Ratios and Proportions / Solving Proportions

Activity 12 of 15
This lesson uses students’ understanding of proportional relationships to solve problems that involve two variables.

Planning and Resources

Objectives
Students should use a variety of strategies for solving problems involving proportions, including finding a unit rate. They can distinguish situations that involve proportional relationships from those that do not.

Vocabulary
constant of proportionality
proportional relationship

Standard:

Lesson Snapshot

Understanding

Students consider ratio problems that involve an additional constraint on the quantities. In particular, the two quantities involved add to a given sum as well as have a proportional relationship. Students look at the problem using a table, a graph and equations.

What to look for

Students might solve problems in this activity using double number lines, ratio tables, the unit rate, the equation, a graph, or drawing a diagram. The answers to the questions will vary. Ask students to note the advantages and disadvantages of using the various techniques.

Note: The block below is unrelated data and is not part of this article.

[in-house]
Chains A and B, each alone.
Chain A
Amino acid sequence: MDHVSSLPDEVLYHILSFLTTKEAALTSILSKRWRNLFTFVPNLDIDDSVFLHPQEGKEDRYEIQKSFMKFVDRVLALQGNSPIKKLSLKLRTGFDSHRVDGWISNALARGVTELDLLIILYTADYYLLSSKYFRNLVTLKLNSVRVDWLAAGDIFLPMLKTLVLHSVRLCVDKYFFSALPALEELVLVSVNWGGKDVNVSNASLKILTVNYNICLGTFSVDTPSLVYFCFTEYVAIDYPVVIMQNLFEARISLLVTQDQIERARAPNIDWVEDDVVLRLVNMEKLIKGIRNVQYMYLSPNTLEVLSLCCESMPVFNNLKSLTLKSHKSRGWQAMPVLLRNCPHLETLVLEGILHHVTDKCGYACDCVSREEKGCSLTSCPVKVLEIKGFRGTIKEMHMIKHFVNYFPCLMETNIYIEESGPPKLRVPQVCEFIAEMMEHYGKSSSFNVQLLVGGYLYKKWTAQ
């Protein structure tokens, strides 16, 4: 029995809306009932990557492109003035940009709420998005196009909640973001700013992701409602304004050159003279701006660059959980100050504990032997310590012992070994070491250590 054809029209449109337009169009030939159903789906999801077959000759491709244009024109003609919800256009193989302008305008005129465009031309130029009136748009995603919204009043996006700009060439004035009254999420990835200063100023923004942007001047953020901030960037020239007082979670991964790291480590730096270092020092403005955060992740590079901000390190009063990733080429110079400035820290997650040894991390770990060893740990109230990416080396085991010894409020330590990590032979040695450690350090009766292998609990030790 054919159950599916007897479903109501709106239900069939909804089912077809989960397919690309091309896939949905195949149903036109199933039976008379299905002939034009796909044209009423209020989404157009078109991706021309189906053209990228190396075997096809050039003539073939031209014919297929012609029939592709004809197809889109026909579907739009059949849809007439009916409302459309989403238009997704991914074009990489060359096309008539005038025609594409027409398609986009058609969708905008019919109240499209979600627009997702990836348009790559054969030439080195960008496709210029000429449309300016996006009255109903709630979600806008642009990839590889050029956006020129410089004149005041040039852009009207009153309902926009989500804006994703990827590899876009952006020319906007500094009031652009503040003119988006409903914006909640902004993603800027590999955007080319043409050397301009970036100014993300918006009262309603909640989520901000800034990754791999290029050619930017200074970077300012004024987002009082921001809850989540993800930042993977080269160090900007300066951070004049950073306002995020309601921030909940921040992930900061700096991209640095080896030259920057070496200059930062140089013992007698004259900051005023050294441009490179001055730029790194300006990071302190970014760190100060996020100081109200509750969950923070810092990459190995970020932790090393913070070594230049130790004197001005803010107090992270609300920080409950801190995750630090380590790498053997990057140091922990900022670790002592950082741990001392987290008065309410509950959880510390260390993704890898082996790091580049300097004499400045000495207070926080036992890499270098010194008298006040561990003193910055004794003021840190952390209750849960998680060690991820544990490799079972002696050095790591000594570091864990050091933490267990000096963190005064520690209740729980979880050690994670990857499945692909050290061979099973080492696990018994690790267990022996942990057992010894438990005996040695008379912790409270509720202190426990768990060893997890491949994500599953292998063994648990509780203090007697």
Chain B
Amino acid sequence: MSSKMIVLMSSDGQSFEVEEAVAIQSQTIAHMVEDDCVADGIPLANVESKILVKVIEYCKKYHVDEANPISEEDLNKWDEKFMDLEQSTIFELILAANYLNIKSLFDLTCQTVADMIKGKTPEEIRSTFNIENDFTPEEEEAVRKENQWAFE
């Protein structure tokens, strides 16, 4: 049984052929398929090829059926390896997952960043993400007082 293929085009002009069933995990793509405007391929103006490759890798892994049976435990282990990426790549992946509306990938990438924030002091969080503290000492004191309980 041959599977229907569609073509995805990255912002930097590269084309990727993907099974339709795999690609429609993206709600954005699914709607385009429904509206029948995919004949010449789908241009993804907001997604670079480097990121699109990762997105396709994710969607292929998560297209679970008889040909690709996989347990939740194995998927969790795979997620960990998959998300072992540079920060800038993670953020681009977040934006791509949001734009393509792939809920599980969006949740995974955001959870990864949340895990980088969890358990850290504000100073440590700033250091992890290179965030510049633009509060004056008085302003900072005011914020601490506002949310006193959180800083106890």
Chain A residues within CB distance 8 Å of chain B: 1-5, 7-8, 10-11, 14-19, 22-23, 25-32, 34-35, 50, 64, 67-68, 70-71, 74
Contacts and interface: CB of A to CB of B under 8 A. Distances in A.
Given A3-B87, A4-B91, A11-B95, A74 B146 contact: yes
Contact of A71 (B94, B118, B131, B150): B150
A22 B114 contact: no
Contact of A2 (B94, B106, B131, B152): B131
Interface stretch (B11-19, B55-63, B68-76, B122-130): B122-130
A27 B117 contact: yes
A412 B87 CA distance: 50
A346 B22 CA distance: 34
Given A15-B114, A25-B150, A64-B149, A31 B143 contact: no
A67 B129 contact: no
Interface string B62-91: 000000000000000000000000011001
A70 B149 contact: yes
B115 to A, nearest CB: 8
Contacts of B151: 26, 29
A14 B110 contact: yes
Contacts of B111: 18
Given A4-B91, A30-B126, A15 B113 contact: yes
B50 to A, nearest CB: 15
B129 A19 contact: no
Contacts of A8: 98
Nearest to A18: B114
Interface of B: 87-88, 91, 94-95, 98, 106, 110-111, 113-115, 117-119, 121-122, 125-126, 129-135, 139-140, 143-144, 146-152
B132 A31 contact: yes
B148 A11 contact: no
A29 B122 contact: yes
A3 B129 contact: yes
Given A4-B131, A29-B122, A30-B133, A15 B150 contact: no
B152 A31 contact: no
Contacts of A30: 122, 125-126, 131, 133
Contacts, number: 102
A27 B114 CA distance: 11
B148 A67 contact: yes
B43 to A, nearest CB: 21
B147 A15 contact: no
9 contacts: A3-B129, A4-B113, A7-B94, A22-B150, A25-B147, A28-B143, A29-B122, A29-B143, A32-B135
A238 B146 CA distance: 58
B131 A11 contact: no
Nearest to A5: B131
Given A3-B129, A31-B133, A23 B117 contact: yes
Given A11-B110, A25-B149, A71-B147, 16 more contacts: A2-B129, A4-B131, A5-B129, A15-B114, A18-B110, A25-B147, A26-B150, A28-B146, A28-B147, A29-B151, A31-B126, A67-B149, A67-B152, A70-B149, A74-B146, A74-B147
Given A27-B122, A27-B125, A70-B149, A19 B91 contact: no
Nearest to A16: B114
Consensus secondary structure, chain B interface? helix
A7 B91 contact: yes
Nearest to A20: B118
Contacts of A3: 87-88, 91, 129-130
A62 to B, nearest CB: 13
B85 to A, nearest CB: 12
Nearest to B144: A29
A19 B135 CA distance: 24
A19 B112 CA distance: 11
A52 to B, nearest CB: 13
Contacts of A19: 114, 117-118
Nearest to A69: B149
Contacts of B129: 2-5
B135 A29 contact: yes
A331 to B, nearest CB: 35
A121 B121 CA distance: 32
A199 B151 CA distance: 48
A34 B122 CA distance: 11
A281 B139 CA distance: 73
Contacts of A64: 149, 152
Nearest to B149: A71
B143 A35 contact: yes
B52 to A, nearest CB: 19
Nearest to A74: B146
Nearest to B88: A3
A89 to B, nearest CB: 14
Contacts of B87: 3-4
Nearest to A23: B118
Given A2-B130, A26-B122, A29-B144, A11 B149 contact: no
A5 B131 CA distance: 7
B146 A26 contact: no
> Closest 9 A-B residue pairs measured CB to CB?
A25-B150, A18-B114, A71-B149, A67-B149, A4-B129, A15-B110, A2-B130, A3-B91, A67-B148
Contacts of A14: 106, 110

Sample Assessment

A board is cut into two pieces in a ratio of 4:5. If the length of the board is 36 inches, how long is each piece?

Answer: 16 inches and 20 inches

The Big Idea

Proportions are tools for solving a variety of problems with two variables involved in a proportional relationship. Students need to examine situations carefully to determine if they describe a proportional relationship.

What are the students doing?

Students use unit rates, equations, graphs, and revisit ratio tables and double number lines to reason about problems involving proportionals. The importance of units in helping set up a problem and in thinking about the solution is stressed in several places.

What is the teacher doing?

A common error in setting up proportions is placing numbers in incorrect locations. For this reason students should pay particular attention to the units involved in setting up the problem.